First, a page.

IRELAND is set to launch a bid for the 2023 Rugby World Cup this week, Minister for Transport, Tourism and Sport Leo Varadkar has confirmed, hoping a politically-symbolic proposal will win the country the right to host the event for the first time.
It's a proposal the Minister has been considering for more than a year, looking to replicate the successful hosting by similarly populated New Zealand in 2011, and Minister Varadkar said he will seek approval from cabinet colleagues today.
A study from consultants Deloitte has boosted the prospect of a bid, claiming that it would be "realistic" to have a cross-border bid and that it could deliver a potential €800million boost to the economy.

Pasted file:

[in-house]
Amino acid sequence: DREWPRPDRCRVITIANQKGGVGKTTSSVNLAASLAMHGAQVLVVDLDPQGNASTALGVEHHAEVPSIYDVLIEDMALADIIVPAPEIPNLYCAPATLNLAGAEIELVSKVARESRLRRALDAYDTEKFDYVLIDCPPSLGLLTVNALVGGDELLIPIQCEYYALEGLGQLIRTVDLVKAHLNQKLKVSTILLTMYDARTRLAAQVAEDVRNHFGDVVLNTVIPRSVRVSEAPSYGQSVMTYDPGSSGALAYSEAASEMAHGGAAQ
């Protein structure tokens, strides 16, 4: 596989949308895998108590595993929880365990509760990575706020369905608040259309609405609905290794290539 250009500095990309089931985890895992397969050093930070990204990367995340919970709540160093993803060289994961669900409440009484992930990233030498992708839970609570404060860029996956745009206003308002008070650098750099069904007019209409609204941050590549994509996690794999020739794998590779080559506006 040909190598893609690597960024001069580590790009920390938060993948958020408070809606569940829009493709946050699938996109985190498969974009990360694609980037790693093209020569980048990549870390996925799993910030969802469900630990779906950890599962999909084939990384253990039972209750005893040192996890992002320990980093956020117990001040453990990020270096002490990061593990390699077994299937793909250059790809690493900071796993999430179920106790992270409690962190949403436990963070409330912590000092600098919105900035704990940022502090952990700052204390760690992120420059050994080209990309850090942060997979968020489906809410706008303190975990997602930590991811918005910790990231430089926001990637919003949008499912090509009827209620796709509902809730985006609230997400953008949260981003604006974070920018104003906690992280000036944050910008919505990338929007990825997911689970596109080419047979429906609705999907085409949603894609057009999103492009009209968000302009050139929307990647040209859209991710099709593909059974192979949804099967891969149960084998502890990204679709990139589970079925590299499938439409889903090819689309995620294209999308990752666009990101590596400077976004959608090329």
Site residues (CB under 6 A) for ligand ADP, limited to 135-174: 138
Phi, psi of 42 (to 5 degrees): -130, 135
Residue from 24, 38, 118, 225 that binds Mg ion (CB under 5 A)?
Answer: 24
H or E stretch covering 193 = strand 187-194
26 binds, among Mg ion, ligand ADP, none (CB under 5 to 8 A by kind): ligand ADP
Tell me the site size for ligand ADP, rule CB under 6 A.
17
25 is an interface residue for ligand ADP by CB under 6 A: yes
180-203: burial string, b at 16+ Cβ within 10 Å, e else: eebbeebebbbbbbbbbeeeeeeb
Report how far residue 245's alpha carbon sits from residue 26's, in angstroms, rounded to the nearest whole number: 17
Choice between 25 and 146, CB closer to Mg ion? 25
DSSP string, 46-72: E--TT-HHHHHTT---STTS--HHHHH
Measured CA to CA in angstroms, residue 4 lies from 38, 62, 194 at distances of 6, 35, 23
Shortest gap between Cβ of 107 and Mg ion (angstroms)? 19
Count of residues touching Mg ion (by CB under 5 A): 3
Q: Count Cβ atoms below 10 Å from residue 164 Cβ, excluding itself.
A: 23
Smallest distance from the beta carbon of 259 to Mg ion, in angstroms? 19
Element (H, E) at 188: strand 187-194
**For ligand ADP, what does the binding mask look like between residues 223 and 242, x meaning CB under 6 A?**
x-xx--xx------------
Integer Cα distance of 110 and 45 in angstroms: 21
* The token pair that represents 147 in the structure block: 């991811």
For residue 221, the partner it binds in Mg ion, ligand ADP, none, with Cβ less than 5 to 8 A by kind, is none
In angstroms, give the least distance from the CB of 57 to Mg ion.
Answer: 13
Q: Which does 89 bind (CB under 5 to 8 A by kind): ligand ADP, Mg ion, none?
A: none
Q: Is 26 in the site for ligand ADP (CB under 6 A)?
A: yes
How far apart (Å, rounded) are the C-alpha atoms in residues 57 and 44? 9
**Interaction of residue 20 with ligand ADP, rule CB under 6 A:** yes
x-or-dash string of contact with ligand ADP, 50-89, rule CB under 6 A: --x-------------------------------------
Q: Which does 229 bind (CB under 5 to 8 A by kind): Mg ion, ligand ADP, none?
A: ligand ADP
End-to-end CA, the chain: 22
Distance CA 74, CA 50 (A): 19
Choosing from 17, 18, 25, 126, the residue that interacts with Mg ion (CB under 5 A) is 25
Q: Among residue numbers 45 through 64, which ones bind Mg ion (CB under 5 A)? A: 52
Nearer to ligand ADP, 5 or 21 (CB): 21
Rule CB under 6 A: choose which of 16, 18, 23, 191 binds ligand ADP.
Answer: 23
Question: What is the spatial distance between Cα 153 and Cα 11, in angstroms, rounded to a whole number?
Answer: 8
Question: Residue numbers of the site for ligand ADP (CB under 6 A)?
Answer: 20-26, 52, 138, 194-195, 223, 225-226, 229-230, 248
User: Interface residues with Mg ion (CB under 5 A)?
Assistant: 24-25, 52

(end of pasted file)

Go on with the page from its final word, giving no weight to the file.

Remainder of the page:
"I think Ireland is very well placed to host the Rugby World Cup," said Varadkar at an International Rugby Board conference. "It's probably the biggest event a country like Ireland could do, we're too small for the Olympics and the FIFA World Cup and for that reason it would engender enormous national pride," he added.
"The second thing is that even during the very difficult times of the Troubles, rugby in Ireland was a unifying sport.
"For us in Ireland, it would just be a symbol of how far we've come from the bad times to the better times now."
South Africa, hosts of the hugely symbolic 1995 Rugby World Cup and 2010 Soccer World Cup, have indicated that they plan to make a bid. France, hosts as recently as 2007, have also expressed an interest in the '23 edition.
IRFU Chief Executive Philip Browne said: "We see this is as having great potential for Ireland as an island and for the sport itself."
The deadline for bids is not until 2016 with a decision being made in 2017.